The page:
A man accused of murdering a member of a motorbike club had previously been threatened at his home by rival club members, the Central Criminal Court has heard.

Alan McNamara, 50, from Mountfune, Murroe, Co Limerick, has pleaded not guilty to the murder of 51-year-old Andrew O’Donoghue on 21 June 2015.

Robert Cusack, 28, from Abbington, Murroe, has pleaded not guilty to impeding the apprehension or prosecution of Mr McNamara.

The court has heard Mr O'Donoghue was a member of the Road Tramps club and was shot dead in a territorial dispute between rival clubs.

The jury also heard that a collection of weapons including shotguns, batons, iron bars and pepper spray, were found at and near the clubhouse of the Road Tramps motorbike club in Murroe.

Defence counsel for Mr McNamara told the court that the accused man had been threatened by members of the Road Tramps the night before the shooting.

Senior Counsel Hugh Hartnett said three men called to his house and waved a gun and threatened to burn his house down in front of his wife and children.

It followed an earlier incident outside a local pub when Mr McNamara was assaulted and robbed of his jacket because it bore the colours of a rival club.

Alan McNamara has pleaded not guilty to murder

During cross-examination, a member of the Road Tramps club, Seamus Duggan, denied that club members felt entitled to stop rival clubs forming.

He agreed he had held Mr McNamara's wife back while two other men assaulted and robbed Mr McNamara because he wore the colours of a rival club to a local pub on 19 June 2015.

Mr Duggan said he felt he was entitled to hold Mrs McNamara back while the other two men "manhandled" Mr McNamara and took his jacket.

He said the club president would have been informed about the incident immediately.

He also confirmed that all three men were prosecuted in relation to this incident.

Mr Duggan said he did not know if the later incident at Mr McNamara's house occurred.

He denied that club members knew about it but had agreed not to talk about it.

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He denied there was an "omerta" surrounding the incident.

He denied that club members were prepared to use violence against someone they disapproved of.

He was shown photographs of a range of weapons found at the clubhouse and said these were for "protection in case someone tried to break in".

The weapons which were found in the clubhouse and in a car and caravan parked in the grounds included shotguns, iron bars, batons, a knuckle duster, a knife and cans of pepper spray.

It was also put to Mr Duggan that the Road Tramps club had forced another man out of the area ten years ago.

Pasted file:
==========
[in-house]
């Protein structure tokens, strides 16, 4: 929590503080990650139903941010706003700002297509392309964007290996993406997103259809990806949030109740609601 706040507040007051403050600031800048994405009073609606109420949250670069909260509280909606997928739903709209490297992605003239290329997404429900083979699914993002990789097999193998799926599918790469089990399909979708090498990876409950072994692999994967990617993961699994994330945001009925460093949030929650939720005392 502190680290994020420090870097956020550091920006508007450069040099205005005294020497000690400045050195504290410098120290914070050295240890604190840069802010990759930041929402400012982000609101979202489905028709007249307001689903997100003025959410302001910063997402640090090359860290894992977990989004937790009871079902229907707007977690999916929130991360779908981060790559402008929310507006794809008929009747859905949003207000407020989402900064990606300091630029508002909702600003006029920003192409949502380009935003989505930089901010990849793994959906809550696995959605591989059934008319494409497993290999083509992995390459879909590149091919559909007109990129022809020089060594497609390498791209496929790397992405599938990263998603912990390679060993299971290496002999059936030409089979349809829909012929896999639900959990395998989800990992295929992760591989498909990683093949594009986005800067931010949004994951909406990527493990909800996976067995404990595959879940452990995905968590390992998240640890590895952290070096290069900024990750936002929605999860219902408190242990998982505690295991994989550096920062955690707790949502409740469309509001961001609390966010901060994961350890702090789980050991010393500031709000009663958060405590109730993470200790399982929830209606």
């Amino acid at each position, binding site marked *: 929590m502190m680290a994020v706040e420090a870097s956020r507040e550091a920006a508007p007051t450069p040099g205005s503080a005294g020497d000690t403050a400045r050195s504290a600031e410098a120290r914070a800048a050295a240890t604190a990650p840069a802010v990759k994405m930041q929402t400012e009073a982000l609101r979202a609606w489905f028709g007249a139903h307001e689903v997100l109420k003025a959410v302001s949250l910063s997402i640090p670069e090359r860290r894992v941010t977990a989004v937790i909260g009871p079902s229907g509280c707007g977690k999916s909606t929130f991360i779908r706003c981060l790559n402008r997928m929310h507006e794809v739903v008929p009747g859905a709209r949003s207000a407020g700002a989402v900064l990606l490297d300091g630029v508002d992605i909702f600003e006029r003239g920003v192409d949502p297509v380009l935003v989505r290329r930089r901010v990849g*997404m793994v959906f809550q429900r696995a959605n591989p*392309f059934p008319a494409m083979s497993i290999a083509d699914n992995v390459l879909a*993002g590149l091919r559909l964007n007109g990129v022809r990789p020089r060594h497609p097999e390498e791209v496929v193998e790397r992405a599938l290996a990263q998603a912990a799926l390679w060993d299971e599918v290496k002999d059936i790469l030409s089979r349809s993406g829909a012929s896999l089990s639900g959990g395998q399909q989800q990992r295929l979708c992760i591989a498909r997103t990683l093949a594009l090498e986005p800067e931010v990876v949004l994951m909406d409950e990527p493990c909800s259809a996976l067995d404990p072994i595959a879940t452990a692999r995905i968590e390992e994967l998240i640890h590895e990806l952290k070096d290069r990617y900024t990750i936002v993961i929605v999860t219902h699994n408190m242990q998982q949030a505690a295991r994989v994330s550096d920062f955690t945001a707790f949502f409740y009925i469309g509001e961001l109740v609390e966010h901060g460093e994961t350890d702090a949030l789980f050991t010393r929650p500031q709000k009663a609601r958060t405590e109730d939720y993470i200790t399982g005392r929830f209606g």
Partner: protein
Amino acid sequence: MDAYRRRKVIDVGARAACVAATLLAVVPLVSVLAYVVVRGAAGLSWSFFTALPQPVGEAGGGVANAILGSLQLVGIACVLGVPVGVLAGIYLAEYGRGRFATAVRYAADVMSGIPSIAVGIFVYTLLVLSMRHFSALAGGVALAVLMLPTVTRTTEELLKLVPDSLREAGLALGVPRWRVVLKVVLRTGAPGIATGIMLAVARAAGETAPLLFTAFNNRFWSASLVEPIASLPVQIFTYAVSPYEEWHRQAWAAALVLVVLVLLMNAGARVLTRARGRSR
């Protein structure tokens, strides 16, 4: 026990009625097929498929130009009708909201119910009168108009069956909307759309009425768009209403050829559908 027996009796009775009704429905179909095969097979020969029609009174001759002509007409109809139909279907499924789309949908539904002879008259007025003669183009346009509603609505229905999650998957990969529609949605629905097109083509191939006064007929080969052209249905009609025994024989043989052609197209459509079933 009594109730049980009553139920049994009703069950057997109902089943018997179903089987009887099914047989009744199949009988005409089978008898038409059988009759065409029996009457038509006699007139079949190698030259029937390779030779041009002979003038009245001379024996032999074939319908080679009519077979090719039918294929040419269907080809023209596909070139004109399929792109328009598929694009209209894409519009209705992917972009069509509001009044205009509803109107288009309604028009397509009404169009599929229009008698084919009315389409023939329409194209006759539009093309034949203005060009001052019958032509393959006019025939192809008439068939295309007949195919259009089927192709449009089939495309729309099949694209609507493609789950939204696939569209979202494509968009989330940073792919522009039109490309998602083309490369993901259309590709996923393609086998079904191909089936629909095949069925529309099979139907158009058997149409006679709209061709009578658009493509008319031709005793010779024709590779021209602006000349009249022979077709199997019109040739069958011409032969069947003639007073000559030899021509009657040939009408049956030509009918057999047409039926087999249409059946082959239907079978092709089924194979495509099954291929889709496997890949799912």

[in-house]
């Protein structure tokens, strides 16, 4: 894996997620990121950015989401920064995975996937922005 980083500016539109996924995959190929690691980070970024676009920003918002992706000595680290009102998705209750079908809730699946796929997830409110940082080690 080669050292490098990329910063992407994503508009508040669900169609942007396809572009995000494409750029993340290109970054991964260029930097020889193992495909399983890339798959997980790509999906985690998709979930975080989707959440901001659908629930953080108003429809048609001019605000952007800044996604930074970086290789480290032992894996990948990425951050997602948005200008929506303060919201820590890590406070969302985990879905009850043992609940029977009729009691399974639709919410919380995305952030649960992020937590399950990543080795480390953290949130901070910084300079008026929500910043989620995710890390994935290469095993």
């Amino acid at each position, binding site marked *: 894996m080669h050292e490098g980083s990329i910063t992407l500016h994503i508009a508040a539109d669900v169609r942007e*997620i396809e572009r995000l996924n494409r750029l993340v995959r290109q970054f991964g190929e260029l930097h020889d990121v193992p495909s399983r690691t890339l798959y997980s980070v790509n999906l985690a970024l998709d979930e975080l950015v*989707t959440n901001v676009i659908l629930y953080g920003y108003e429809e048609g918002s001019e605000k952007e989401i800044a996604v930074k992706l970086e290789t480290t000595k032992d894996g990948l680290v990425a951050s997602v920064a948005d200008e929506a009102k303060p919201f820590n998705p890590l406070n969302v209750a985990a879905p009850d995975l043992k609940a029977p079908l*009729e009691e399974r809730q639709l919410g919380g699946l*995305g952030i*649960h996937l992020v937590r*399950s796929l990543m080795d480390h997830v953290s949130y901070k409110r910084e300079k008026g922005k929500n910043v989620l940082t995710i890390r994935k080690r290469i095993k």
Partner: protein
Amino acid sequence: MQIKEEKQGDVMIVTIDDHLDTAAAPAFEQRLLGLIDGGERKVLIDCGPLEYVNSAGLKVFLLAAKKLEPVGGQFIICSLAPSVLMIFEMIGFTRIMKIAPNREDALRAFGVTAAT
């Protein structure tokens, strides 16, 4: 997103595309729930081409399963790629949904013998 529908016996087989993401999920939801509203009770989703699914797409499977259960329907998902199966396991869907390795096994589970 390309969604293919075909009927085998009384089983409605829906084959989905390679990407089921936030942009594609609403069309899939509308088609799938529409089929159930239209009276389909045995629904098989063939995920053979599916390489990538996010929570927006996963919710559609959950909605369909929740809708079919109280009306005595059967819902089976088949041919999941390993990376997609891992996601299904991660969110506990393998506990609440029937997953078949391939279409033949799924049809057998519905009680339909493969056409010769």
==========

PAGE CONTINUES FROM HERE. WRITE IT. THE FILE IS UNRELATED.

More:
Mr Duggan said he knew nothing about that.

Club member Raymond Nealon, one of two men who took Mr McNamara's jacket from him at the pub, denied ever seeing such weapons in or around the club.

During cross-examination by defence counsel, Hugh Hartnett, he was asked if all this came as a "complete surprise" to him after 30 years of club membership. Mr Nealon replied "yes".

He accepted he was involved in taking the jacket from Mr McNamara because he "didn't want him in our area".

The incident was later "reported" to the club president, Kevin Ryan.

 He said he did not know who burned the jacket.

Mr Harnett suggested he was being "less than candid" in this answer.

'You're in that club all the time. You hold discussions there, you drink there, often stay there. This was a big deal that led to an even bigger deal and you say you don't know who burned the jacket?"

He also denied that he was one of three men who later drove to Mr McNamara's house.

It was also put to him that Mr McNamara had been assaulted years previously by men in balaclavas but he said he knew nothing about this.

He said he knew nothing about another man "being asked in a particular way" to leave the area ten years ago.

Mr Nealon also denied supporting the Ku Klux Klan.

It was put to him that a picture was found in the clubhouse of two members wearing full Ku Klux Klan costumes standing under the Road Tramps logo.

He said these were once used as Halloween costumes and "someone had brought them to the clubhouse and we put them on for a prank".

He accepted the photograph could have given the impression that the club supported the Ku Klux Klan

James McCormack was the third man at the pub that evening but denied there was an organised plan to assault Mr McNamara and take his jacket. He said it "just happened".

After repeated questions he accepted he had punched Mr McNamara in the face.

He gave the jacket to Mr Ryan and presumed he burned it but did not know for sure who had burned it and it was never discussed, he said.

He said he became aware of an allegation that Mr Ryan had gone to Mr McNamara's house later that evening but it was his understanding that Mr Ryan "had an alibi" and had been somewhere else.

It was put to him by Mr Hartnett that Mr Ryan, as club president, "gave the orders" and used a gavel in the committee room.

Mr McCormack said someone had to call the shots and be in charge.